Charity and Sylvia is the intimate history of their extraordinary forty-four year union. Drawing on an array of original documents including diaries, letters, and poetry, Cleves traces their lives in sharp detail. Providing an illuminating glimpse into a relationship that turns conventional notions of same-sex marriage on their head, and reveals early America to be a place both more diverse and more accommodating than modern society might imagine, Charity and Sylvia is a significant contribution to our limited knowledge of LGBT history in early America.

Ideas of masculinity and femininity become sharply defined in war-reliant societies, resulting in a presumed enmity between men and women. This so-called “battle of the sexes” is intensified by the use of misogyny to encourage men and boys to conform to the demands of masculinity. These are among Tom Digby’s fascinating insights shared in Love and War, which describes the making and manipulation of gender in militaristic societies and the sweeping consequences for men and women in their personal, romantic, sexual, and professional lives.

Since the defeat of the Nazi Third Reich and the end of its horrific eugenics policies, battles over the politics of life, sex, and death have continued and evolved. Dagmar Herzog documents how reproductive rights and disability rights, both latecomers to the postwar human rights canon, came to be seen as competing–with unexpected consequences.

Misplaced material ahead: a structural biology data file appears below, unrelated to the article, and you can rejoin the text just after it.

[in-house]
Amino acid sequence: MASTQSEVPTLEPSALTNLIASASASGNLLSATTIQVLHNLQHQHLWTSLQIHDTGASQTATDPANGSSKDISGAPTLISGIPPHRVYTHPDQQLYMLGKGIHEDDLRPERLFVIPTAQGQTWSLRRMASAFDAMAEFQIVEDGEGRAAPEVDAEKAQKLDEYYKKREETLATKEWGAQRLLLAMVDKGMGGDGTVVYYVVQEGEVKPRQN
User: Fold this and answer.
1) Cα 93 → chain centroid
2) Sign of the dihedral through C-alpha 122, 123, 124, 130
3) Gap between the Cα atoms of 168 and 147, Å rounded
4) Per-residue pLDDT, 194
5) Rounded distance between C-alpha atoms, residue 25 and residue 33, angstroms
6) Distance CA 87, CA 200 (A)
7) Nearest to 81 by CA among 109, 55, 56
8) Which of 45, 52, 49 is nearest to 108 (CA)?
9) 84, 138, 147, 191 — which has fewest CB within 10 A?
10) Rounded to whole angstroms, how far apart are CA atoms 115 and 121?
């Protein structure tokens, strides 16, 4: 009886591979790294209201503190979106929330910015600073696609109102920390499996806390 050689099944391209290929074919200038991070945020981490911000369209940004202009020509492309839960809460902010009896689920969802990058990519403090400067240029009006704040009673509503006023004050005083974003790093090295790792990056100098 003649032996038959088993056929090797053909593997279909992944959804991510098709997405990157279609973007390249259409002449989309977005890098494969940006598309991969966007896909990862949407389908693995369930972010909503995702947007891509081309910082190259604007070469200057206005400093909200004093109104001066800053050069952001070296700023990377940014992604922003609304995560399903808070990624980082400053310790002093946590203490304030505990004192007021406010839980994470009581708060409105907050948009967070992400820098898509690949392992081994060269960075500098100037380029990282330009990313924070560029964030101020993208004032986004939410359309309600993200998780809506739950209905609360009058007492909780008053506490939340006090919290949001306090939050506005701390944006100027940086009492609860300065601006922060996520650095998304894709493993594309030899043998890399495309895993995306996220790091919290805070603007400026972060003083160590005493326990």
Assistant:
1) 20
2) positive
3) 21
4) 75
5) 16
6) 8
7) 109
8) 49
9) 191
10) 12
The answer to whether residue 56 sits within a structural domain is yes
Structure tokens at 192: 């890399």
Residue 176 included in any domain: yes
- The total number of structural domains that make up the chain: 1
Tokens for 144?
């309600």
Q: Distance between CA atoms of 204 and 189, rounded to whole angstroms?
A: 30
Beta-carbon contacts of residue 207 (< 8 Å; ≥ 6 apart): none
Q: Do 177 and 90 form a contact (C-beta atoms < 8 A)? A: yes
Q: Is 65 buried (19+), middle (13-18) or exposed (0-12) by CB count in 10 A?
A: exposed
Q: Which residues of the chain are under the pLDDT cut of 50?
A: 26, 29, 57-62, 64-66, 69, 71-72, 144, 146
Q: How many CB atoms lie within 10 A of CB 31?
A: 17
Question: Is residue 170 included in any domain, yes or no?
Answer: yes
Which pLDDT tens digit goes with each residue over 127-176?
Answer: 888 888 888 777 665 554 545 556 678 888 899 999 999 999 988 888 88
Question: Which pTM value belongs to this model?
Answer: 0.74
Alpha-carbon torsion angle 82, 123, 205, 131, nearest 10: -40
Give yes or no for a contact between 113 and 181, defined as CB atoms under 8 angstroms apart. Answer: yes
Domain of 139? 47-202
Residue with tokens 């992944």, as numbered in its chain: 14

As Christian leaders in the first through fifth centuries embraced ascetic interpretations of the Bible and practices of sexual renunciation, sexual slander–such as the accusations Paul leveled against wayward Gentiles in the New Testament–played a pivotal role in the formation of early Christian identity. In particular, the imagined construct of the lascivious, literal-minded Jew served as a convenient foil to the chaste Christian ideal. Susanna Drake examines representations of Jewish sexuality in early Christian writings that use accusations of carnality, fleshliness, bestiality, and licentiousness as strategies to differentiate the “spiritual” Christian from the “carnal” Jew.